AcademicsWorking Papers

China’s Internal Borders: Evidence from the Business Cycle Correlations across Chinese Cities
Ying Fang, Li Qi, Zhongjian Lin
#002016 20131014 (published)
We measure the correlations between two cities’ real GDP growth rates (a measure of business cycle correlations) to capture the degree of segmentation across China’s provincial and regional borders. This type of segmentation can be caused by local protectionism as well as other economic and geographic factors that affect business cycle correlations between two cities. After controlling these other factors, we are able to pin down the border effect that is due to local protectionism: administrative border effect. We find that the inter-provincial administrative border effect first rose and then gradually declined in the period between 1991 and 2007. Further, its increase coincided with the introduction of the Tax Sharing System reform, which started in 1994. This administrative border effect declined steadily in recent years as the tax reform was fully instituted. Our analysis shows that China’s reform path (under market-preserving federalism) did not create a persistent provincial “administrative border effect” that debilitated market forces.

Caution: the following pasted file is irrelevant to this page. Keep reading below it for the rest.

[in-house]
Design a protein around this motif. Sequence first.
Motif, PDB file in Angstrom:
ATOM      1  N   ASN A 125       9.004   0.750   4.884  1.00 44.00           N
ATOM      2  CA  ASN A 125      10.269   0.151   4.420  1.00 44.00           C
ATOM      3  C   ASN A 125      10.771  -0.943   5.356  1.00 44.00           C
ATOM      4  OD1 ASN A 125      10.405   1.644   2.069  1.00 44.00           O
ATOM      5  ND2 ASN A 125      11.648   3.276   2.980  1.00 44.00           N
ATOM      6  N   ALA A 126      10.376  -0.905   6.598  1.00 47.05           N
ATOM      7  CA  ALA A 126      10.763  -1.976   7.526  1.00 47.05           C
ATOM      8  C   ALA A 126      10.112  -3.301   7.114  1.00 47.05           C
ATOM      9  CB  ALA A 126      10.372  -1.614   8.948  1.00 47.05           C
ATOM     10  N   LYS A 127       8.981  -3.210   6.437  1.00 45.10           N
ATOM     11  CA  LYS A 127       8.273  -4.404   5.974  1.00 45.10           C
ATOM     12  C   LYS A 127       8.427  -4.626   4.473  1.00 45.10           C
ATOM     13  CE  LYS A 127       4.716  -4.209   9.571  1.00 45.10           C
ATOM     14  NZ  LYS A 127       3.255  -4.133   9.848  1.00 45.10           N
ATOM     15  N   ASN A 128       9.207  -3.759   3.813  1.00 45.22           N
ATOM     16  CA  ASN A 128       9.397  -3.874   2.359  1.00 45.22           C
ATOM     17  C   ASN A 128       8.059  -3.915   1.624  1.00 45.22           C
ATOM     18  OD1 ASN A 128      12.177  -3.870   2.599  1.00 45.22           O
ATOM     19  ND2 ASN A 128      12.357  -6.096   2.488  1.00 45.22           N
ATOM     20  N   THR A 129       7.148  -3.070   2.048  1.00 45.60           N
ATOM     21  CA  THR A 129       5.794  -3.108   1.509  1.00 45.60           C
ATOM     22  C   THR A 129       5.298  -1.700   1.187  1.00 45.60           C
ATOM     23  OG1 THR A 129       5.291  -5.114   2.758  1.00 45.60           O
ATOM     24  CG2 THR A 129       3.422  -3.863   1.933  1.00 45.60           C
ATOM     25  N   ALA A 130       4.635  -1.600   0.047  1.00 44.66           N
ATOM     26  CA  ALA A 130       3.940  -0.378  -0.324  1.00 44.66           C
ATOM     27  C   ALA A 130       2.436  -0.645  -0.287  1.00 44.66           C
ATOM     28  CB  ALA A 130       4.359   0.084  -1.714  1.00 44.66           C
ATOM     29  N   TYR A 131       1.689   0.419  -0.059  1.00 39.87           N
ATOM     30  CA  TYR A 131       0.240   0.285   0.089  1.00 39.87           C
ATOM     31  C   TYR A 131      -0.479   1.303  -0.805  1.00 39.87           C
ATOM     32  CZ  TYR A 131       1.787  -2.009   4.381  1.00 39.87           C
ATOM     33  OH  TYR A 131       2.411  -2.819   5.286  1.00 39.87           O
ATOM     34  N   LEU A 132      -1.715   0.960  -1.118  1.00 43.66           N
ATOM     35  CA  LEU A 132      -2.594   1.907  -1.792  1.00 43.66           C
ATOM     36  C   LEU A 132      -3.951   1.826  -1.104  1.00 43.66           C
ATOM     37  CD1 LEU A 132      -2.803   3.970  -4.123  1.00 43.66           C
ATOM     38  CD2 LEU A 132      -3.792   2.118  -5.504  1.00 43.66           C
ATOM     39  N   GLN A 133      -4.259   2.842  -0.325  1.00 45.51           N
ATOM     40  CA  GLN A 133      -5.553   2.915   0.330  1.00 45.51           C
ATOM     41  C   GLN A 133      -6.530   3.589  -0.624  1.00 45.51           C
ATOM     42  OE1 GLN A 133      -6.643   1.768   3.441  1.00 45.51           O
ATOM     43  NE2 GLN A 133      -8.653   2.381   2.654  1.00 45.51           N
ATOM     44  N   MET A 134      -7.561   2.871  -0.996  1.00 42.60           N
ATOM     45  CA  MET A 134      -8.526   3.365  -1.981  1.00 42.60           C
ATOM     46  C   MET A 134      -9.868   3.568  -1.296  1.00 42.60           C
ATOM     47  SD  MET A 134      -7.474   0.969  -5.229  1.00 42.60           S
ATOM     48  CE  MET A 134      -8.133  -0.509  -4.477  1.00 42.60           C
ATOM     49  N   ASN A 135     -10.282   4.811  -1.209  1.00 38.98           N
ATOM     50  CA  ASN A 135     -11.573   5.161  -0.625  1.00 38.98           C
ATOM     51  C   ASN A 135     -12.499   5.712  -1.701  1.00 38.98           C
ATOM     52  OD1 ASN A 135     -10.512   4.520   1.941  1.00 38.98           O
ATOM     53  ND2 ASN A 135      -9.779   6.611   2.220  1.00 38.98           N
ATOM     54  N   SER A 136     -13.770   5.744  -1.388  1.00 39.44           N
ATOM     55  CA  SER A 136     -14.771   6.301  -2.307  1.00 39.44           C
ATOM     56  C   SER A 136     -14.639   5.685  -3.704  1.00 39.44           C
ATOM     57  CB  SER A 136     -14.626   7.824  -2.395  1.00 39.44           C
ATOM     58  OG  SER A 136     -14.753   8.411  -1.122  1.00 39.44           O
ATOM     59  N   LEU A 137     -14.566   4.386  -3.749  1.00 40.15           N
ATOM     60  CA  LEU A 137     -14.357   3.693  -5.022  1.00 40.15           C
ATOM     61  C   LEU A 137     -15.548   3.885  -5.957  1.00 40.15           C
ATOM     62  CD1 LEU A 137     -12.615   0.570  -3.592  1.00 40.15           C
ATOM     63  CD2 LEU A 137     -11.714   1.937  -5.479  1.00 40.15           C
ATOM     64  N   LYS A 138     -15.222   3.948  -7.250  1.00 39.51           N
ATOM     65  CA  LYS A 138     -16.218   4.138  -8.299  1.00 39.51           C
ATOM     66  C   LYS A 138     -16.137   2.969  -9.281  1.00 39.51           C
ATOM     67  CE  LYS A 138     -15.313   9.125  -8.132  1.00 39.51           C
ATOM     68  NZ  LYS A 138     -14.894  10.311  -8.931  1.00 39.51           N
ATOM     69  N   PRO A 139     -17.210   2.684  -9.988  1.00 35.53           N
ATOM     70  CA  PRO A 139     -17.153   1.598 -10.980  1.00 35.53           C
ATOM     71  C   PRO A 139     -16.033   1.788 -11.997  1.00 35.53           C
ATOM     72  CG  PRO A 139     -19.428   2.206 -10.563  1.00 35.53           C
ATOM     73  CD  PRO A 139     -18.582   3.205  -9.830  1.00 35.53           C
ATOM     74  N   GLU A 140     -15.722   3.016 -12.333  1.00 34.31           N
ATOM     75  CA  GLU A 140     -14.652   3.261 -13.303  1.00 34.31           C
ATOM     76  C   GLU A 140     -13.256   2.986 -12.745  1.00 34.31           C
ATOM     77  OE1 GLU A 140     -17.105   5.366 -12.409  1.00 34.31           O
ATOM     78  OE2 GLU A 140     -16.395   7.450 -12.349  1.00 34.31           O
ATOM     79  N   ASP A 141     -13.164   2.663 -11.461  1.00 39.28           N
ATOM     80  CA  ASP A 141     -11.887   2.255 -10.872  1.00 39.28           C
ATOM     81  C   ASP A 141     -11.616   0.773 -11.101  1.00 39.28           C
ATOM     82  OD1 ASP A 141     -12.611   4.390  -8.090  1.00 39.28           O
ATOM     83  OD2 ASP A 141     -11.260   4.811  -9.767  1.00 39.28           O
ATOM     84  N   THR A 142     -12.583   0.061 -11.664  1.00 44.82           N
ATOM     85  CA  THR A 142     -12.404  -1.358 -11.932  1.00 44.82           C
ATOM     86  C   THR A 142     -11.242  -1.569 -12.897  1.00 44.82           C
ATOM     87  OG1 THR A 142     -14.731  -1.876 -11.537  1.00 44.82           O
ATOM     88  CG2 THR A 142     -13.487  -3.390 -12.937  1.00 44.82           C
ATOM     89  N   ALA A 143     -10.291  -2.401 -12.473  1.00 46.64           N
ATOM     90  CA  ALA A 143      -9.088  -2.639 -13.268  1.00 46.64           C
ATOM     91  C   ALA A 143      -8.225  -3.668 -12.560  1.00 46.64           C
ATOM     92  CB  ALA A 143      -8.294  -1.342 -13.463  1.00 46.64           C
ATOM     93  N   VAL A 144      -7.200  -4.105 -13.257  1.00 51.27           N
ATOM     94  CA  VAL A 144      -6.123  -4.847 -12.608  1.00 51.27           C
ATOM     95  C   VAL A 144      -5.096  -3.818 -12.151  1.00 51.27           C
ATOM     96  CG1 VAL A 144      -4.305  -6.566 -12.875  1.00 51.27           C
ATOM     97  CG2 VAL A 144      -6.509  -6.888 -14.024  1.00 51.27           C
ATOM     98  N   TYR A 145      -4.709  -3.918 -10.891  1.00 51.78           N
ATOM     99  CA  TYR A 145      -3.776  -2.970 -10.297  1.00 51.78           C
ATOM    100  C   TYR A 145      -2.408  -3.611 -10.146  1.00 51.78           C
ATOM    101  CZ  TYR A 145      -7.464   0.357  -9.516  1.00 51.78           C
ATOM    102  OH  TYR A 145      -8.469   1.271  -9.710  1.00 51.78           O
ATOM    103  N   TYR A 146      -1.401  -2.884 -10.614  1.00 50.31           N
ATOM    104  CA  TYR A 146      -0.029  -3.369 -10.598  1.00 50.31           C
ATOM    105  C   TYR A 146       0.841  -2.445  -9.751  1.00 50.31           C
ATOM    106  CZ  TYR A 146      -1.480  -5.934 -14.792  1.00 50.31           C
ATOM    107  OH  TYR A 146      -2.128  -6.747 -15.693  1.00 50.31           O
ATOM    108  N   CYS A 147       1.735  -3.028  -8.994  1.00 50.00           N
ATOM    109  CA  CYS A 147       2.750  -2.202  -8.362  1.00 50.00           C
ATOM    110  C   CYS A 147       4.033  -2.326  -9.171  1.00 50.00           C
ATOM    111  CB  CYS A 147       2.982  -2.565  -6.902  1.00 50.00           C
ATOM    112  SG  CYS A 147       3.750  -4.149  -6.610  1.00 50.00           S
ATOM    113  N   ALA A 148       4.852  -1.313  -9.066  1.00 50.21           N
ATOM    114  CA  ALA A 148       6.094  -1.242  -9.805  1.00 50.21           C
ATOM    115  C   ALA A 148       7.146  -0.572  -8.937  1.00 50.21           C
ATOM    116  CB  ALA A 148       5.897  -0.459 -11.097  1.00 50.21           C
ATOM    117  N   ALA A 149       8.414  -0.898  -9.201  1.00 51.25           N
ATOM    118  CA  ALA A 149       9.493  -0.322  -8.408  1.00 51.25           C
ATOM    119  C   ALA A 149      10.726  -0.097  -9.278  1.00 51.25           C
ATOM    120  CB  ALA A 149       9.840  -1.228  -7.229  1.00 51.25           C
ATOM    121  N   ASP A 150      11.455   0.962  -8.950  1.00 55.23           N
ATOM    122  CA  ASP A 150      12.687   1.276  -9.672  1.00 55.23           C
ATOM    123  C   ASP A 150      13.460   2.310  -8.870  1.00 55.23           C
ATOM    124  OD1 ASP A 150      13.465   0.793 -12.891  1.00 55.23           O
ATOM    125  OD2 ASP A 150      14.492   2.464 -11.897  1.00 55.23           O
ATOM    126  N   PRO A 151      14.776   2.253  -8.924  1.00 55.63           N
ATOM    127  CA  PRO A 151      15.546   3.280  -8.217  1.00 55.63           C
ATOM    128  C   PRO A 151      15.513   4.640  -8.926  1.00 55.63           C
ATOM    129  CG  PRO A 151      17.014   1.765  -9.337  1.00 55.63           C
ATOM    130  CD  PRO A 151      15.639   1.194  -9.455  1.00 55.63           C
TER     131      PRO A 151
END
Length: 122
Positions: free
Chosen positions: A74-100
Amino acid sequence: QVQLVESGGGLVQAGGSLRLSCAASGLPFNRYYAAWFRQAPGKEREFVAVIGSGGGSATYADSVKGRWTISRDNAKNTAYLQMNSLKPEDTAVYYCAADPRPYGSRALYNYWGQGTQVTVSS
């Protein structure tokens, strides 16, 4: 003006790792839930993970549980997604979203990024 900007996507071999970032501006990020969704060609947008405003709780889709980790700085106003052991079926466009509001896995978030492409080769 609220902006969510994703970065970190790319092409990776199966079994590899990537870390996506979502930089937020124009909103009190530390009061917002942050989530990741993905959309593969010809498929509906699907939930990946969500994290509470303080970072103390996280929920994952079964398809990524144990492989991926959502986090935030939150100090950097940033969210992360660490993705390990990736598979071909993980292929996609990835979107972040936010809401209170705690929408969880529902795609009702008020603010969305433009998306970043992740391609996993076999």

Keywords: Border effect, Market integration, Business cycle correlation

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